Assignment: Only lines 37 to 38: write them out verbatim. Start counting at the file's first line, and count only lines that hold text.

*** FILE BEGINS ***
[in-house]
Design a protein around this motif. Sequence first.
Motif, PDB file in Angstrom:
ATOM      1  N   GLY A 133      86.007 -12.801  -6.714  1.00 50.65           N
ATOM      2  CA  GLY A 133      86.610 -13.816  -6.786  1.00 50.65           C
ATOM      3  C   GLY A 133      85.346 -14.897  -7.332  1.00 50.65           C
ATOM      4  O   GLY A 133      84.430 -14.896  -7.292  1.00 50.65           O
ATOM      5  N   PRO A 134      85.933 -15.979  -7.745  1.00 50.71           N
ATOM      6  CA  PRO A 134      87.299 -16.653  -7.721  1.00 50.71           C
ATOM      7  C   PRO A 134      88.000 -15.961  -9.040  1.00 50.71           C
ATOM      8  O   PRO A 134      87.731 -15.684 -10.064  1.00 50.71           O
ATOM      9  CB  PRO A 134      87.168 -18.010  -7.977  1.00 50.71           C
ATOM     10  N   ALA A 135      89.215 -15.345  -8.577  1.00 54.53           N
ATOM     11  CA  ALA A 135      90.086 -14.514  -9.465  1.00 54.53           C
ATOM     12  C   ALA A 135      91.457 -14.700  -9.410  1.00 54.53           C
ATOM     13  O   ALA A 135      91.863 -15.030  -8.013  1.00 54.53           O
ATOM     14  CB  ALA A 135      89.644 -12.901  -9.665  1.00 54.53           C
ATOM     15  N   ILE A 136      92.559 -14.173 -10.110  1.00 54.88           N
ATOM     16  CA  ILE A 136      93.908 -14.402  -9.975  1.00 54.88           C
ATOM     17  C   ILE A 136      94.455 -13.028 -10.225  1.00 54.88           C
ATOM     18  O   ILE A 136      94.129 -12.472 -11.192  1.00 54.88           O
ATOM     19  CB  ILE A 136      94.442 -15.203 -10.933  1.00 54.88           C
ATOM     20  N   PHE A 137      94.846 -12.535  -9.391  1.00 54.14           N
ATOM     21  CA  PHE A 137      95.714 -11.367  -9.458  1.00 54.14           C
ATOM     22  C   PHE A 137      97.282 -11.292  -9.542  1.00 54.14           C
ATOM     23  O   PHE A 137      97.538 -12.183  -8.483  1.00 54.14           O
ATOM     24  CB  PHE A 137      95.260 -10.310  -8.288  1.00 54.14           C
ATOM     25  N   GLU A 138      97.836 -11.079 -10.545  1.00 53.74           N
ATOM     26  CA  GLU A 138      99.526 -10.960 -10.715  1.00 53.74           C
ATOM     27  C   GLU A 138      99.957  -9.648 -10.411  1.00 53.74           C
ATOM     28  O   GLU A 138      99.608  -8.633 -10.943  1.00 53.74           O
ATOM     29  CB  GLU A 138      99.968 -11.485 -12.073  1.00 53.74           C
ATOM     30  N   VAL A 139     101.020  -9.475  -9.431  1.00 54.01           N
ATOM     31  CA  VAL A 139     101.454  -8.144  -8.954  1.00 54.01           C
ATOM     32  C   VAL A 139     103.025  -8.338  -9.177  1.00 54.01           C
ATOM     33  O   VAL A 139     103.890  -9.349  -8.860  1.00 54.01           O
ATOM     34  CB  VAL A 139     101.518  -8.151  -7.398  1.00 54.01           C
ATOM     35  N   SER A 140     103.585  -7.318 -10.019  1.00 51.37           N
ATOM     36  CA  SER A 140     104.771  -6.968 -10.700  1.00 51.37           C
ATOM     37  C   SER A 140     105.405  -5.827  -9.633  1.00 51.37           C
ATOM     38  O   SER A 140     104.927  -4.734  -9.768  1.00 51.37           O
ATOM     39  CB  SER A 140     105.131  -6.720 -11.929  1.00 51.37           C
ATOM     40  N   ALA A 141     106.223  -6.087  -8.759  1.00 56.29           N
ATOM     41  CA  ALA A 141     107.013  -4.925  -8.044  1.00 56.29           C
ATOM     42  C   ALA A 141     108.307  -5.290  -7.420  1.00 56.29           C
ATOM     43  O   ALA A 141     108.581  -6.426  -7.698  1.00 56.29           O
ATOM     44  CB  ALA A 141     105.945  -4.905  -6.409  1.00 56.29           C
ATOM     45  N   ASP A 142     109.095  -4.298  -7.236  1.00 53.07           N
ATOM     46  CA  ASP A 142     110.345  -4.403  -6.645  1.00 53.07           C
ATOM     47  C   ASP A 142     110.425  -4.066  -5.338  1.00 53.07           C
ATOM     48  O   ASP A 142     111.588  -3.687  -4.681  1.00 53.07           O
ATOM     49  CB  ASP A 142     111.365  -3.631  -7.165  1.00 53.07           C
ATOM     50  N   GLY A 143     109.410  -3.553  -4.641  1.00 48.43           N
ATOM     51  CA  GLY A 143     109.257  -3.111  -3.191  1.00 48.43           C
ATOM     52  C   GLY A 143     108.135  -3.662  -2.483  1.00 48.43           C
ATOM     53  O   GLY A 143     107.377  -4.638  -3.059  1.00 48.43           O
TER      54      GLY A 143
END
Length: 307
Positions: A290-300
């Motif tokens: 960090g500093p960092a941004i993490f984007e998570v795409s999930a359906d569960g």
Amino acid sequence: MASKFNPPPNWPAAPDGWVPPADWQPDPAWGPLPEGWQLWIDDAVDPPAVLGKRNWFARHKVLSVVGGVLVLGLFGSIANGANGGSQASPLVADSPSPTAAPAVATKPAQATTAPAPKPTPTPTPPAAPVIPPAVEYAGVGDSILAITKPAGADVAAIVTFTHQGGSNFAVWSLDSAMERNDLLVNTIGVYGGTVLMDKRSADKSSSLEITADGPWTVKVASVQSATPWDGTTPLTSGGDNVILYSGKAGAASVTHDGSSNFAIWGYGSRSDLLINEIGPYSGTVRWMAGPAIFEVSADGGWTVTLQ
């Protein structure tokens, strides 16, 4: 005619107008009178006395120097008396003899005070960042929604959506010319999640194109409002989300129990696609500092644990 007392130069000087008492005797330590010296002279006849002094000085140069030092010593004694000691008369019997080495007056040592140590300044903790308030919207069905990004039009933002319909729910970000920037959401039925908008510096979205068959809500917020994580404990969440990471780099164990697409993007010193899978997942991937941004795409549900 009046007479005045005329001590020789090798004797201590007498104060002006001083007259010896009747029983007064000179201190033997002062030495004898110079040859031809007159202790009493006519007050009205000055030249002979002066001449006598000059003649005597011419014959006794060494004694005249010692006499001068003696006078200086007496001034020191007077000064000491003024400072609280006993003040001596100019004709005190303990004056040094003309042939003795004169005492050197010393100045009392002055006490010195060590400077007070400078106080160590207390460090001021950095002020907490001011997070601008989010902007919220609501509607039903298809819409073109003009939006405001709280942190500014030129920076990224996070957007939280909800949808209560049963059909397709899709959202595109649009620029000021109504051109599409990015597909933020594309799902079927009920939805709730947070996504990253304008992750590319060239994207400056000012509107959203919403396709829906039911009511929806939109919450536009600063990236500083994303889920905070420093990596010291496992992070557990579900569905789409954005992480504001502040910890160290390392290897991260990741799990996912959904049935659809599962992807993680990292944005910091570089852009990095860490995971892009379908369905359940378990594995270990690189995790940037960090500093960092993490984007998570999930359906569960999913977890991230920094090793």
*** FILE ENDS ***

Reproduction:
ATOM     34  CB  VAL A 139     101.518  -8.151  -7.398  1.00 54.01           C
ATOM     35  N   SER A 140     103.585  -7.318 -10.019  1.00 51.37           N